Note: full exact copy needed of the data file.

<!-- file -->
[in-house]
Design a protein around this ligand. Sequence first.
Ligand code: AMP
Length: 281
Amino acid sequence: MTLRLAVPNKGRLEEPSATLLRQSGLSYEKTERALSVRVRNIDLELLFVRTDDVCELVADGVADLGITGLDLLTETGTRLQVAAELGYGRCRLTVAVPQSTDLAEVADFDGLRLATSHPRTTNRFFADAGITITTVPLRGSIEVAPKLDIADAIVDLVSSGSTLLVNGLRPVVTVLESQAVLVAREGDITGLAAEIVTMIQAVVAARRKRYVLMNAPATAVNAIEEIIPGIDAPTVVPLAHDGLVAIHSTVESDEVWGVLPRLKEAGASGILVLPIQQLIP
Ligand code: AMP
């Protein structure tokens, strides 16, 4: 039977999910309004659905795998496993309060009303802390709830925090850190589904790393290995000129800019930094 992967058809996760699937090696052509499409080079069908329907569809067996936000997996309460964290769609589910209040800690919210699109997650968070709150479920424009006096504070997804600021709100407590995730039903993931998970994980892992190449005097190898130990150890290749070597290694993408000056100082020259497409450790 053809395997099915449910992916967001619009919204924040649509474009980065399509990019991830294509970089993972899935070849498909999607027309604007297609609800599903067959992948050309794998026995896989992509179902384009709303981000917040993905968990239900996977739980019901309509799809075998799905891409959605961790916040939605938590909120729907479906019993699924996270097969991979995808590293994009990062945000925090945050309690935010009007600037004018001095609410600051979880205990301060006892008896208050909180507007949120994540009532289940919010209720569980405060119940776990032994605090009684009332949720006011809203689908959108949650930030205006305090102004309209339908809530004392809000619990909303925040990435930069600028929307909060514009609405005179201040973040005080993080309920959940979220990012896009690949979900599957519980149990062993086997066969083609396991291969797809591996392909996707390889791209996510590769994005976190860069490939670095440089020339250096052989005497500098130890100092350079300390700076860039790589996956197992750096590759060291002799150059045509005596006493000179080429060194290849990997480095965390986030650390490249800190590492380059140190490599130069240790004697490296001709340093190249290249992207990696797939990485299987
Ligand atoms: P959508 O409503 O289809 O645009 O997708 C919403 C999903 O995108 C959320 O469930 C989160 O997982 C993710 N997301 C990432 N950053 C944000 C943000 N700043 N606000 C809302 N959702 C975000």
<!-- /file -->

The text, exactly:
[in-house]
Design a protein around this ligand. Sequence first.
Ligand code: AMP
Length: 281
Amino acid sequence: MTLRLAVPNKGRLEEPSATLLRQSGLSYEKTERALSVRVRNIDLELLFVRTDDVCELVADGVADLGITGLDLLTETGTRLQVAAELGYGRCRLTVAVPQSTDLAEVADFDGLRLATSHPRTTNRFFADAGITITTVPLRGSIEVAPKLDIADAIVDLVSSGSTLLVNGLRPVVTVLESQAVLVAREGDITGLAAEIVTMIQAVVAARRKRYVLMNAPATAVNAIEEIIPGIDAPTVVPLAHDGLVAIHSTVESDEVWGVLPRLKEAGASGILVLPIQQLIP
Ligand code: AMP
């Protein structure tokens, strides 16, 4: 039977999910309004659905795998496993309060009303802390709830925090850190589904790393290995000129800019930094 992967058809996760699937090696052509499409080079069908329907569809067996936000997996309460964290769609589910209040800690919210699109997650968070709150479920424009006096504070997804600021709100407590995730039903993931998970994980892992190449005097190898130990150890290749070597290694993408000056100082020259497409450790 053809395997099915449910992916967001619009919204924040649509474009980065399509990019991830294509970089993972899935070849498909999607027309604007297609609800599903067959992948050309794998026995896989992509179902384009709303981000917040993905968990239900996977739980019901309509799809075998799905891409959605961790916040939605938590909120729907479906019993699924996270097969991979995808590293994009990062945000925090945050309690935010009007600037004018001095609410600051979880205990301060006892008896208050909180507007949120994540009532289940919010209720569980405060119940776990032994605090009684009332949720006011809203689908959108949650930030205006305090102004309209339908809530004392809000619990909303925040990435930069600028929307909060514009609405005179201040973040005080993080309920959940979220990012896009690949979900599957519980149990062993086997066969083609396991291969797809591996392909996707390889791209996510590769994005976190860069490939670095440089020339250096052989005497500098130890100092350079300390700076860039790589996956197992750096590759060291002799150059045509005596006493000179080429060194290849990997480095965390986030650390490249800190590492380059140190490599130069240790004697490296001709340093190249290249992207990696797939990485299987
Ligand atoms: P959508 O409503 O289809 O645009 O997708 C919403 C999903 O995108 C959320 O469930 C989160 O997982 C993710 N997301 C990432 N950053 C944000 C943000 N700043 N606000 C809302 N959702 C975000």